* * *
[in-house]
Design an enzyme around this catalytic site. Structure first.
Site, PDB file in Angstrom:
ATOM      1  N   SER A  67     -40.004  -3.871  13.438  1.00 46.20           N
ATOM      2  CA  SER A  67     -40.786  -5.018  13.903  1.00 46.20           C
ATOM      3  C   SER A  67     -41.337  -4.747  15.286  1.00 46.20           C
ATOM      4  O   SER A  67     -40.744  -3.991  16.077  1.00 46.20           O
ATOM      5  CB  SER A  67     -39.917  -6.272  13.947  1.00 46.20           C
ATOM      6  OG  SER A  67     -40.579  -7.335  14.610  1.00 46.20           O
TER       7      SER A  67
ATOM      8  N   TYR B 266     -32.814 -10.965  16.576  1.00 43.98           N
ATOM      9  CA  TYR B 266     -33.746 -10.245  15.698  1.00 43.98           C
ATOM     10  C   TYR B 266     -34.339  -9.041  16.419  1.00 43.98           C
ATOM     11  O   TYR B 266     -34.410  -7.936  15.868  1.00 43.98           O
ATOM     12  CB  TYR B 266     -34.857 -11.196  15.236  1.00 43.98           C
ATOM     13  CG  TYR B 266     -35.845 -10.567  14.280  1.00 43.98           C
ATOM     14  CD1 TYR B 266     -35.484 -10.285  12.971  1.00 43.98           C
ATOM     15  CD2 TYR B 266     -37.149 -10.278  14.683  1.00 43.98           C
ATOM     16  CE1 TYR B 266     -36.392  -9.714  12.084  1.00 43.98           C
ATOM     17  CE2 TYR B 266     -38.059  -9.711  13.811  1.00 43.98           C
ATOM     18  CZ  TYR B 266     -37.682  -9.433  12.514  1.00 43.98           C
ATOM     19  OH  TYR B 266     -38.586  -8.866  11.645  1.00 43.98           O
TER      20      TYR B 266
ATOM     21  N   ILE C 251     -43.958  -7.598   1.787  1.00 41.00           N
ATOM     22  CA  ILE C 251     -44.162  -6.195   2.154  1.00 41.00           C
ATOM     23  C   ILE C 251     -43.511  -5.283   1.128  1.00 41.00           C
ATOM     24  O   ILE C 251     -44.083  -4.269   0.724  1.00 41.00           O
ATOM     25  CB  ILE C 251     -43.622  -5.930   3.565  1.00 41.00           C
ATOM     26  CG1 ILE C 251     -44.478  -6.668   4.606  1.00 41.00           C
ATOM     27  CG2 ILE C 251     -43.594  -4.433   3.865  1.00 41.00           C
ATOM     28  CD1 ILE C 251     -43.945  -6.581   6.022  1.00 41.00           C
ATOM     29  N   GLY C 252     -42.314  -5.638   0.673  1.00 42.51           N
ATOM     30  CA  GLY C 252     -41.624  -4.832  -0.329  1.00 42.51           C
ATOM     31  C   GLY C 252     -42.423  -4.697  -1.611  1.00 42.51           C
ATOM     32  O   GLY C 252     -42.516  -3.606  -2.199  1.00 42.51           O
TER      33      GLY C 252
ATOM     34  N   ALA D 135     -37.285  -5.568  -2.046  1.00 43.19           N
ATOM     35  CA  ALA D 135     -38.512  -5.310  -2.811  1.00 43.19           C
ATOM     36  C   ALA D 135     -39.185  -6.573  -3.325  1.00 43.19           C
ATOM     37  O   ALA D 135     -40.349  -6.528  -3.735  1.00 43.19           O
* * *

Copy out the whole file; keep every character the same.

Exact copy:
[in-house]
Design an enzyme around this catalytic site. Structure first.
Site, PDB file in Angstrom:
ATOM      1  N   SER A  67     -40.004  -3.871  13.438  1.00 46.20           N
ATOM      2  CA  SER A  67     -40.786  -5.018  13.903  1.00 46.20           C
ATOM      3  C   SER A  67     -41.337  -4.747  15.286  1.00 46.20           C
ATOM      4  O   SER A  67     -40.744  -3.991  16.077  1.00 46.20           O
ATOM      5  CB  SER A  67     -39.917  -6.272  13.947  1.00 46.20           C
ATOM      6  OG  SER A  67     -40.579  -7.335  14.610  1.00 46.20           O
TER       7      SER A  67
ATOM      8  N   TYR B 266     -32.814 -10.965  16.576  1.00 43.98           N
ATOM      9  CA  TYR B 266     -33.746 -10.245  15.698  1.00 43.98           C
ATOM     10  C   TYR B 266     -34.339  -9.041  16.419  1.00 43.98           C
ATOM     11  O   TYR B 266     -34.410  -7.936  15.868  1.00 43.98           O
ATOM     12  CB  TYR B 266     -34.857 -11.196  15.236  1.00 43.98           C
ATOM     13  CG  TYR B 266     -35.845 -10.567  14.280  1.00 43.98           C
ATOM     14  CD1 TYR B 266     -35.484 -10.285  12.971  1.00 43.98           C
ATOM     15  CD2 TYR B 266     -37.149 -10.278  14.683  1.00 43.98           C
ATOM     16  CE1 TYR B 266     -36.392  -9.714  12.084  1.00 43.98           C
ATOM     17  CE2 TYR B 266     -38.059  -9.711  13.811  1.00 43.98           C
ATOM     18  CZ  TYR B 266     -37.682  -9.433  12.514  1.00 43.98           C
ATOM     19  OH  TYR B 266     -38.586  -8.866  11.645  1.00 43.98           O
TER      20      TYR B 266
ATOM     21  N   ILE C 251     -43.958  -7.598   1.787  1.00 41.00           N
ATOM     22  CA  ILE C 251     -44.162  -6.195   2.154  1.00 41.00           C
ATOM     23  C   ILE C 251     -43.511  -5.283   1.128  1.00 41.00           C
ATOM     24  O   ILE C 251     -44.083  -4.269   0.724  1.00 41.00           O
ATOM     25  CB  ILE C 251     -43.622  -5.930   3.565  1.00 41.00           C
ATOM     26  CG1 ILE C 251     -44.478  -6.668   4.606  1.00 41.00           C
ATOM     27  CG2 ILE C 251     -43.594  -4.433   3.865  1.00 41.00           C
ATOM     28  CD1 ILE C 251     -43.945  -6.581   6.022  1.00 41.00           C
ATOM     29  N   GLY C 252     -42.314  -5.638   0.673  1.00 42.51           N
ATOM     30  CA  GLY C 252     -41.624  -4.832  -0.329  1.00 42.51           C
ATOM     31  C   GLY C 252     -42.423  -4.697  -1.611  1.00 42.51           C
ATOM     32  O   GLY C 252     -42.516  -3.606  -2.199  1.00 42.51           O
TER      33      GLY C 252
ATOM     34  N   ALA D 135     -37.285  -5.568  -2.046  1.00 43.19           N
ATOM     35  CA  ALA D 135     -38.512  -5.310  -2.811  1.00 43.19           C
ATOM     36  C   ALA D 135     -39.185  -6.573  -3.325  1.00 43.19           C
ATOM     37  O   ALA D 135     -40.349  -6.528  -3.735  1.00 43.19           O